Staffordshire teenager walks to equivalent distance of North Wales RNLI stations

Lifeboats News Release

During lockdown, Enys Lloyd, 14, from Weston, overcame his own health issues by walking a total of 133 miles, raising £550 for the RNLI. The teenager has shown his support for the RNLI’s Mayday Mile appeal, where people are walking in weird and wonderful ways in support of the RNLI crews

Lloyd Family

Enys Lloyd has been walking everyday after homeschooling to raise money for the RNLI as part of the Mayday challenge

As a keen supporter of the RNLI, Enys came up with the idea of locally walking the equivalent distance from his home in Staffordshire to the nearest main lifeboat station at Rhyl, approximately 90 miles.

Mum Sally said:

‘Each day after home schooling, Enys would walk between three and five miles in our local area. He very quickly completed his 90 miles so continued walking throughout February, to 'Llandudno', 'Conwy' and eventually reaching 'Beaumaris' on Anglesey, a total of 133 miles.

‘We are so proud of his achievements, overcoming his own health issues, by using lockdown time to help himself mentally, physically, and ultimately to help others.’

Enys promoted his walk amongst friends and relatives, his school (The Weston Road Academy) and local social media groups, with monies donated via a dedicated Just Giving page

Enys said:

'I really enjoyed the challenge of getting out & walking each day during lockdown. It allowed me to support my favourite charity whilst not being able to visit the coast'

Alongside this, the family also run a Jigsaw Library in their local village, with donations from this regularly made to the RNLI and The Border Collie Trust

RNLI media contacts

For more information please contact Danielle Rush, RNLI media manager in Wales and the North West on 07786 668829 or the RNLI Press Office on 01202 336789.

RNLI online For more information, please visit the RNLI website or Facebook, Twitter and YouTube. News releases, videos and photos are available on the RNLI News Centre.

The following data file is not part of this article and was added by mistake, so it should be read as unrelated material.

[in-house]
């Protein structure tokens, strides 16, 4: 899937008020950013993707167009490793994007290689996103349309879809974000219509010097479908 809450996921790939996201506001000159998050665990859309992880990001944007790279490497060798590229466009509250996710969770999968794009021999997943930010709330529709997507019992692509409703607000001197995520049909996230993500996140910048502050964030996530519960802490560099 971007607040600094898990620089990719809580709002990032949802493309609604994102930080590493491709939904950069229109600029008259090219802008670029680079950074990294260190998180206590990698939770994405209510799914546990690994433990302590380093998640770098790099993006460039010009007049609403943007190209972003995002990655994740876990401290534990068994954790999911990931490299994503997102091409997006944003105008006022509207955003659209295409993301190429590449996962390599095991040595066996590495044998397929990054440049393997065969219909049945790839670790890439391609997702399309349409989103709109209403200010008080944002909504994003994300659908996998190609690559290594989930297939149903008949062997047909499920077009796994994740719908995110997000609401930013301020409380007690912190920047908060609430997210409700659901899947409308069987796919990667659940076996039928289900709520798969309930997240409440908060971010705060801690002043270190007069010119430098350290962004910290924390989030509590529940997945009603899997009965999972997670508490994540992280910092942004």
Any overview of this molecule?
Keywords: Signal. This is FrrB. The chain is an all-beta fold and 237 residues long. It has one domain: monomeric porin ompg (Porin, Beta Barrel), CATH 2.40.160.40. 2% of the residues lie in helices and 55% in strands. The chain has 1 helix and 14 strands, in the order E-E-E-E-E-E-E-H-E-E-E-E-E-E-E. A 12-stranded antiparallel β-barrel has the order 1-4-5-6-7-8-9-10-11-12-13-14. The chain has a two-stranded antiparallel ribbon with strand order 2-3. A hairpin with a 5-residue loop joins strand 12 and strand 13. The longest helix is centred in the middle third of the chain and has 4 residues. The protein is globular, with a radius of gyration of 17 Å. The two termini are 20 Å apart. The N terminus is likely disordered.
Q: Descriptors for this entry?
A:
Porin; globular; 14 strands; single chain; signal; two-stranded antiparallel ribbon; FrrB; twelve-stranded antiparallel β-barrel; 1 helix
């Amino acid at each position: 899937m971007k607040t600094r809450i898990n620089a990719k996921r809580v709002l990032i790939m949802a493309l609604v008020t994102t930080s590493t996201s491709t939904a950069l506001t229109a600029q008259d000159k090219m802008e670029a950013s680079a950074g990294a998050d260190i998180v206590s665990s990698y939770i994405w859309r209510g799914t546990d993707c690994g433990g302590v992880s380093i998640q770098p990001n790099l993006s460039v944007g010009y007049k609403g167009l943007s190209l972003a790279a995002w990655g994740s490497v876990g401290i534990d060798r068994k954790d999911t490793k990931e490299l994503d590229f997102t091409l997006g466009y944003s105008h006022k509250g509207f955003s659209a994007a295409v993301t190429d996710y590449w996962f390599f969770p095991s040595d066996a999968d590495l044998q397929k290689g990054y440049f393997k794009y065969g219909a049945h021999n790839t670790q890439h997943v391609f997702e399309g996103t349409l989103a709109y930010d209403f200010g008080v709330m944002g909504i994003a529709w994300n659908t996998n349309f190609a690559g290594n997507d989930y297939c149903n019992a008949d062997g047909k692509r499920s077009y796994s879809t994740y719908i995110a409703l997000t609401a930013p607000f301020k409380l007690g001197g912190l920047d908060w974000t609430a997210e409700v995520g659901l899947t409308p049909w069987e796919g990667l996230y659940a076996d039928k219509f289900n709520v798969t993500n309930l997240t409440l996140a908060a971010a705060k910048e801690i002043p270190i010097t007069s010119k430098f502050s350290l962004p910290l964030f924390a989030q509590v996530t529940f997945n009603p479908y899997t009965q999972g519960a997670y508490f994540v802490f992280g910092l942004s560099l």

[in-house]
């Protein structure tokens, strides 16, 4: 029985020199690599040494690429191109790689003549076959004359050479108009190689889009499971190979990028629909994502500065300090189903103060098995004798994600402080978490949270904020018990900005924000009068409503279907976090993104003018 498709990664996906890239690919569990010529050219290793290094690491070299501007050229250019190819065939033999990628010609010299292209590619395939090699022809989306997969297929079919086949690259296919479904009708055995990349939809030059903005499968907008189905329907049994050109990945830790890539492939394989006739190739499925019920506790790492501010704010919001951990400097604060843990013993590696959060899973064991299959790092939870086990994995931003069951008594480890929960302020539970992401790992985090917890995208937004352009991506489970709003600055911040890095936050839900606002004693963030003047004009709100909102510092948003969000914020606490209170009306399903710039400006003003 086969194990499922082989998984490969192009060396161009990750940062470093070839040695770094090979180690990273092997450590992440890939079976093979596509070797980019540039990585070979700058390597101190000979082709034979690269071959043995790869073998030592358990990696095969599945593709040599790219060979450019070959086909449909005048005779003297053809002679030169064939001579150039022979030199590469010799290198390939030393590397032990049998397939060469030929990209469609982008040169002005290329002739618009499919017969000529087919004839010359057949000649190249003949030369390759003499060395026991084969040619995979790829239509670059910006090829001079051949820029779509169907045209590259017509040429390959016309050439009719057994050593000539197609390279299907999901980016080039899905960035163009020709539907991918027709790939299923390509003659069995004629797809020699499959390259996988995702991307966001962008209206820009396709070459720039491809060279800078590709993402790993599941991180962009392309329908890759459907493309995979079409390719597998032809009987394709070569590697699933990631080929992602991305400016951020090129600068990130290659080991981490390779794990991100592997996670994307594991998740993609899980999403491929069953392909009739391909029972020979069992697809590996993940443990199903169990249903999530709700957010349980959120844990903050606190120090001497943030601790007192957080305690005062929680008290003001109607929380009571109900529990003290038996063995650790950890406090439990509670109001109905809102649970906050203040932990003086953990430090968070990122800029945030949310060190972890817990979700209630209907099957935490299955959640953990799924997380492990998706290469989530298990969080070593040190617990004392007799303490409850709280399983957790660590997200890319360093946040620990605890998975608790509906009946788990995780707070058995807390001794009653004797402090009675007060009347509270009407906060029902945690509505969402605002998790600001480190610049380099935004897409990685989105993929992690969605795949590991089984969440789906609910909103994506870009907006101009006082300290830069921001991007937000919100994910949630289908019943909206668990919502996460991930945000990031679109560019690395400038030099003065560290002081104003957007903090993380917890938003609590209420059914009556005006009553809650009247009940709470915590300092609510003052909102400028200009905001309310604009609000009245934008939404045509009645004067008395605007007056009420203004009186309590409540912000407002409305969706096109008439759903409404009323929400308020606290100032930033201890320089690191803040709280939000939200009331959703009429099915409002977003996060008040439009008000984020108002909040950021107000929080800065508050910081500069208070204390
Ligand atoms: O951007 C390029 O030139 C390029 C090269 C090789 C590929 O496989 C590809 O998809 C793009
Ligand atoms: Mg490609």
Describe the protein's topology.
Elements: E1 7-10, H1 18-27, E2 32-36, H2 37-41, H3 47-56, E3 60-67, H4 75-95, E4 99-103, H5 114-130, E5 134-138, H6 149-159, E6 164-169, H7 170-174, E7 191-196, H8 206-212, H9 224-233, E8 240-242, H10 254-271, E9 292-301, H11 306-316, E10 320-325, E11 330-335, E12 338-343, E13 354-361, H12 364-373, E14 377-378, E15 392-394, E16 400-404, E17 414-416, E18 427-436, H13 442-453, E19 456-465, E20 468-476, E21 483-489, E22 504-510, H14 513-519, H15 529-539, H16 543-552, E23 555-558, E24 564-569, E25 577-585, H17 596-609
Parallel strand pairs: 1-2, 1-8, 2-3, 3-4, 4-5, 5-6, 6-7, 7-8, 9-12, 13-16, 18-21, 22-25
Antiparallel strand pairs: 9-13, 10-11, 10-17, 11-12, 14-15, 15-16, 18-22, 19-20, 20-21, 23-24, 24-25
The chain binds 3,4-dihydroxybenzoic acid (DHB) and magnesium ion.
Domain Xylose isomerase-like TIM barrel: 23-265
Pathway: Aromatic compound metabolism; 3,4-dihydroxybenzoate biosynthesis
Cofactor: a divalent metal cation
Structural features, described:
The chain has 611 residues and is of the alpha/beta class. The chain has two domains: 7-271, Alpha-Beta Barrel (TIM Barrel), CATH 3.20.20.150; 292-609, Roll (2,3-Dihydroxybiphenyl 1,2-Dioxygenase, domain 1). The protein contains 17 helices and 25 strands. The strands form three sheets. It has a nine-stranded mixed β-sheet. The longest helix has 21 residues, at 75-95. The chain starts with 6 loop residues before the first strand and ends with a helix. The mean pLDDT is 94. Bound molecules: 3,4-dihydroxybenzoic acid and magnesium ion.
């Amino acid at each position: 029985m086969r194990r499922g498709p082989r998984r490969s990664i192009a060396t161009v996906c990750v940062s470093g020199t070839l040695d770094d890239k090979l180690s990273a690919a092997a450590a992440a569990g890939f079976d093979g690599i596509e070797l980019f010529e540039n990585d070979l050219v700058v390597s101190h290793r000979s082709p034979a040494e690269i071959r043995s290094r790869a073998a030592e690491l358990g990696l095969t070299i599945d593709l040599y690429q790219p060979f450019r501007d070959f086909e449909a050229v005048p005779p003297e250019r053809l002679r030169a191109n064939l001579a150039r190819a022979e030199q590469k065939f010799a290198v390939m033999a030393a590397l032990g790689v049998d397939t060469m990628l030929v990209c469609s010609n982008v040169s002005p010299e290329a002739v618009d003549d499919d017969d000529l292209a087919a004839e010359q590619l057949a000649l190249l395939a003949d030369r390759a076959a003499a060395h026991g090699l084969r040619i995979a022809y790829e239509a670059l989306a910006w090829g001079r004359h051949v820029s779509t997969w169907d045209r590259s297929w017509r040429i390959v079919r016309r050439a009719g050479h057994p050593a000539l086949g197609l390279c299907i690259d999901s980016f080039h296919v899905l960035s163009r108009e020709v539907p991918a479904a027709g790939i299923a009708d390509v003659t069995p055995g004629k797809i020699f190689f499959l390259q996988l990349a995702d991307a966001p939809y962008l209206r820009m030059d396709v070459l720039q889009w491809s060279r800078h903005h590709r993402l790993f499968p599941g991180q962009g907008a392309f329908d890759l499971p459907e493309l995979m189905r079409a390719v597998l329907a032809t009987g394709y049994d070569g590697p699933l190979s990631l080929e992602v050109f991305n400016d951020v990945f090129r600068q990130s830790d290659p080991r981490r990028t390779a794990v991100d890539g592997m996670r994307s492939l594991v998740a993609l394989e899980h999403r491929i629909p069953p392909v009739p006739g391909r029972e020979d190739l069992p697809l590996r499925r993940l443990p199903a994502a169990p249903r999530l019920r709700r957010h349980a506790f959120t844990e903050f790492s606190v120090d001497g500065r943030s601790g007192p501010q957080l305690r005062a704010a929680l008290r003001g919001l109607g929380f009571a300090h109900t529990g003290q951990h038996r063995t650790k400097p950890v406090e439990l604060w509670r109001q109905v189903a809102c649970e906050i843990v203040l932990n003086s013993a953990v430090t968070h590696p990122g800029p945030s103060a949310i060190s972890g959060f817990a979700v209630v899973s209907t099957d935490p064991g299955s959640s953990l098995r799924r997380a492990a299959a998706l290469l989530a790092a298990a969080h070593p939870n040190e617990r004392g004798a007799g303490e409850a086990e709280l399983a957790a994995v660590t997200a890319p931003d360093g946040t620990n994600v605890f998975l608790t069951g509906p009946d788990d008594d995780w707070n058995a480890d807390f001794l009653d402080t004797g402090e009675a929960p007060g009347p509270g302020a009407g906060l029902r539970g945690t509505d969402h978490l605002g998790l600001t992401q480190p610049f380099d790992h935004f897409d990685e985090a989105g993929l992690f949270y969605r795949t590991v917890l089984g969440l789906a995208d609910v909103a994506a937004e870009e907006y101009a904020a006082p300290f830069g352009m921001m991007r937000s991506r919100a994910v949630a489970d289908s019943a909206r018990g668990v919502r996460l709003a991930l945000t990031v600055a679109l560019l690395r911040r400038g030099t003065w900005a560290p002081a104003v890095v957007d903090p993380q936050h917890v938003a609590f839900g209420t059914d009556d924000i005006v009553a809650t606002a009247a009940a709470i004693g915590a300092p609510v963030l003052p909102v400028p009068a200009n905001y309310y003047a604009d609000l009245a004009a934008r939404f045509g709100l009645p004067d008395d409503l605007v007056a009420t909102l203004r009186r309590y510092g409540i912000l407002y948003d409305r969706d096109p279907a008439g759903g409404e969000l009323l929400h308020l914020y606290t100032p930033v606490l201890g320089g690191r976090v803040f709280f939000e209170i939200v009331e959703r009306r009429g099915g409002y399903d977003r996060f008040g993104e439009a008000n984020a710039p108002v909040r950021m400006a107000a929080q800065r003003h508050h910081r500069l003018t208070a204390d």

Key facts about the RNLI

The RNLI charity saves lives at sea. Its volunteers provide a 24-hour search and rescue service around the United Kingdom and Republic of Ireland coasts. The RNLI operates over 238 lifeboat stations in the UK and Ireland and, in a normal year, more than 240 lifeguard units on beaches around the UK and Channel Islands. The RNLI is independent of Coastguard and government and depends on voluntary donations and legacies to maintain its rescue service. Since the RNLI was founded in 1824, its lifeboat crews and lifeguards have saved over 143,000 lives.

Key facts about the RNLI

The RNLI charity saves lives at sea. Its volunteers provide a 24-hour search and rescue service around the United Kingdom and Republic of Ireland coasts. The RNLI operates over 238 lifeboat stations in the UK and Ireland and, in a normal year, more than 240 lifeguard units on beaches around the UK and Channel Islands. The RNLI is independent of Coastguard and government and depends on voluntary donations and legacies to maintain its rescue service. Since the RNLI was founded in 1824, its lifeboat crews and lifeguards have saved over 142,700 lives.

Learn more about the RNLI

For more information please visit the RNLI website or Facebook, Twitter and YouTube. News releases, videos and photos are available on the News Centre.

Contacting the RNLI - public enquiries

Members of the public may contact the RNLI on 0300 300 9990 (UK) or 1800 991802 (Ireland) or by email.